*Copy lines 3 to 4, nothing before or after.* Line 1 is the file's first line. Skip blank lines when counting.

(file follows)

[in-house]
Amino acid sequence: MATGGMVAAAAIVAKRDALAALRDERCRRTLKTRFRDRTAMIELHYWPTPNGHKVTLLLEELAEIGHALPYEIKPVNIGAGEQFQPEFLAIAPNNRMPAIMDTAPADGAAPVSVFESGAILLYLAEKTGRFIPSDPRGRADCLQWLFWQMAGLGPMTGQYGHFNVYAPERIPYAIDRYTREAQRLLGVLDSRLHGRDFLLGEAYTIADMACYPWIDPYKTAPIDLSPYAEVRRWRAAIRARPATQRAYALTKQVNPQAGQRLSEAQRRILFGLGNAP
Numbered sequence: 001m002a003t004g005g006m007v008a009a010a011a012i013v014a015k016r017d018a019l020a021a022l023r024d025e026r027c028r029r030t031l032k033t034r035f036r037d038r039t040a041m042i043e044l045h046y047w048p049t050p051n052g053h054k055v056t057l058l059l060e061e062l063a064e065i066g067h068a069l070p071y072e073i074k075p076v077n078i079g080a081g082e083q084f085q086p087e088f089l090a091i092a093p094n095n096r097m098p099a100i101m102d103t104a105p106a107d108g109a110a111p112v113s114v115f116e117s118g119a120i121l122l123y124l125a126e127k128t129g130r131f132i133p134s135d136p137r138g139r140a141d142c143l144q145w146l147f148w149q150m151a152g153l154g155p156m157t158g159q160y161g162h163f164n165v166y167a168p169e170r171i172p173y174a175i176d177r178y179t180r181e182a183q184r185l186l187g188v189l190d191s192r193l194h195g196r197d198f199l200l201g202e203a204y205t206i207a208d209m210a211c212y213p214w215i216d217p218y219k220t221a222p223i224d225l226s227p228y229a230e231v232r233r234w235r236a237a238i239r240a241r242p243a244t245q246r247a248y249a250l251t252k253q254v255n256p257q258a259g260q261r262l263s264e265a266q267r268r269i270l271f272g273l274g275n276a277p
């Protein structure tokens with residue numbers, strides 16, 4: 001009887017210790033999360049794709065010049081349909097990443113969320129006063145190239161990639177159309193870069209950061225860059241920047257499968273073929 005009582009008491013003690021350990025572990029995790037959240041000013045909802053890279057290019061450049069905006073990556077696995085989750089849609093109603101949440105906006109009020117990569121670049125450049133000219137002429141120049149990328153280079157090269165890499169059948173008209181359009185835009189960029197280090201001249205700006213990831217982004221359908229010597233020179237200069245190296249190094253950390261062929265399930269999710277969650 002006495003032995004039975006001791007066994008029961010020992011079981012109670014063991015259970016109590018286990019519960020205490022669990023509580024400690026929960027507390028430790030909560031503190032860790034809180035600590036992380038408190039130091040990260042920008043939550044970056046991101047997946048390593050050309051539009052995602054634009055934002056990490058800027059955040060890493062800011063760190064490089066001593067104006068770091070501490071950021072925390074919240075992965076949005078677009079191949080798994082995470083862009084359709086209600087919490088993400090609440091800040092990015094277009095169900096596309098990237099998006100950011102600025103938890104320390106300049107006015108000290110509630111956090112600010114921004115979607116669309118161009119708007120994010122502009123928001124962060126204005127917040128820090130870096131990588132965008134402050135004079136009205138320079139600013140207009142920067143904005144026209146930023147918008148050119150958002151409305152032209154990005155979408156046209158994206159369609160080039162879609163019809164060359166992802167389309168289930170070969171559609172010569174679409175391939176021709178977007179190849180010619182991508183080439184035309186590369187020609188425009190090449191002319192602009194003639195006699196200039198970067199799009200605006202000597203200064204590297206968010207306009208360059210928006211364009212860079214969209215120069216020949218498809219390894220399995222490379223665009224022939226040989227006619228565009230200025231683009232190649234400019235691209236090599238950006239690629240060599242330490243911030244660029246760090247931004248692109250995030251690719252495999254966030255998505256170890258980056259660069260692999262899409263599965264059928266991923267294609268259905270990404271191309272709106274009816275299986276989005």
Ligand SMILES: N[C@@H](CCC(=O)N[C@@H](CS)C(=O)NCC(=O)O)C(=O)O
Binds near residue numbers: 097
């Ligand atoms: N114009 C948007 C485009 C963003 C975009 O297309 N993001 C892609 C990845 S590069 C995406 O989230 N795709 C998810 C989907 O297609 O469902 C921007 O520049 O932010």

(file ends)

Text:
Numbered sequence: 001m002a003t004g005g006m007v008a009a010a011a012i013v014a015k016r017d018a019l020a021a022l023r024d025e026r027c028r029r030t031l032k033t034r035f036r037d038r039t040a041m042i043e044l045h046y047w048p049t050p051n052g053h054k055v056t057l058l059l060e061e062l063a064e065i066g067h068a069l070p071y072e073i074k075p076v077n078i079g080a081g082e083q084f085q086p087e088f089l090a091i092a093p094n095n096r097m098p099a100i101m102d103t104a105p106a107d108g109a110a111p112v113s114v115f116e117s118g119a120i121l122l123y124l125a126e127k128t129g130r131f132i133p134s135d136p137r138g139r140a141d142c143l144q145w146l147f148w149q150m151a152g153l154g155p156m157t158g159q160y161g162h163f164n165v166y167a168p169e170r171i172p173y174a175i176d177r178y179t180r181e182a183q184r185l186l187g188v189l190d191s192r193l194h195g196r197d198f199l200l201g202e203a204y205t206i207a208d209m210a211c212y213p214w215i216d217p218y219k220t221a222p223i224d225l226s227p228y229a230e231v232r233r234w235r236a237a238i239r240a241r242p243a244t245q246r247a248y249a250l251t252k253q254v255n256p257q258a259g260q261r262l263s264e265a266q267r268r269i270l271f272g273l274g275n276a277p
């Protein structure tokens with residue numbers, strides 16, 4: 001009887017210790033999360049794709065010049081349909097990443113969320129006063145190239161990639177159309193870069209950061225860059241920047257499968273073929 005009582009008491013003690021350990025572990029995790037959240041000013045909802053890279057290019061450049069905006073990556077696995085989750089849609093109603101949440105906006109009020117990569121670049125450049133000219137002429141120049149990328153280079157090269165890499169059948173008209181359009185835009189960029197280090201001249205700006213990831217982004221359908229010597233020179237200069245190296249190094253950390261062929265399930269999710277969650 002006495003032995004039975006001791007066994008029961010020992011079981012109670014063991015259970016109590018286990019519960020205490022669990023509580024400690026929960027507390028430790030909560031503190032860790034809180035600590036992380038408190039130091040990260042920008043939550044970056046991101047997946048390593050050309051539009052995602054634009055934002056990490058800027059955040060890493062800011063760190064490089066001593067104006068770091070501490071950021072925390074919240075992965076949005078677009079191949080798994082995470083862009084359709086209600087919490088993400090609440091800040092990015094277009095169900096596309098990237099998006100950011102600025103938890104320390106300049107006015108000290110509630111956090112600010114921004115979607116669309118161009119708007120994010122502009123928001124962060126204005127917040128820090130870096131990588132965008134402050135004079136009205138320079139600013140207009142920067143904005144026209146930023147918008148050119150958002151409305152032209154990005155979408156046209158994206159369609160080039162879609163019809164060359166992802167389309168289930170070969171559609172010569174679409175391939176021709178977007179190849180010619182991508183080439184035309186590369187020609188425009190090449191002319192602009194003639195006699196200039198970067199799009200605006202000597203200064204590297206968010207306009208360059210928006211364009212860079214969209215120069216020949218498809219390894220399995222490379223665009224022939226040989227006619228565009230200025231683009232190649234400019235691209236090599238950006239690629240060599242330490243911030244660029246760090247931004248692109250995030251690719252495999254966030255998505256170890258980056259660069260692999262899409263599965264059928266991923267294609268259905270990404271191309272709106274009816275299986276989005």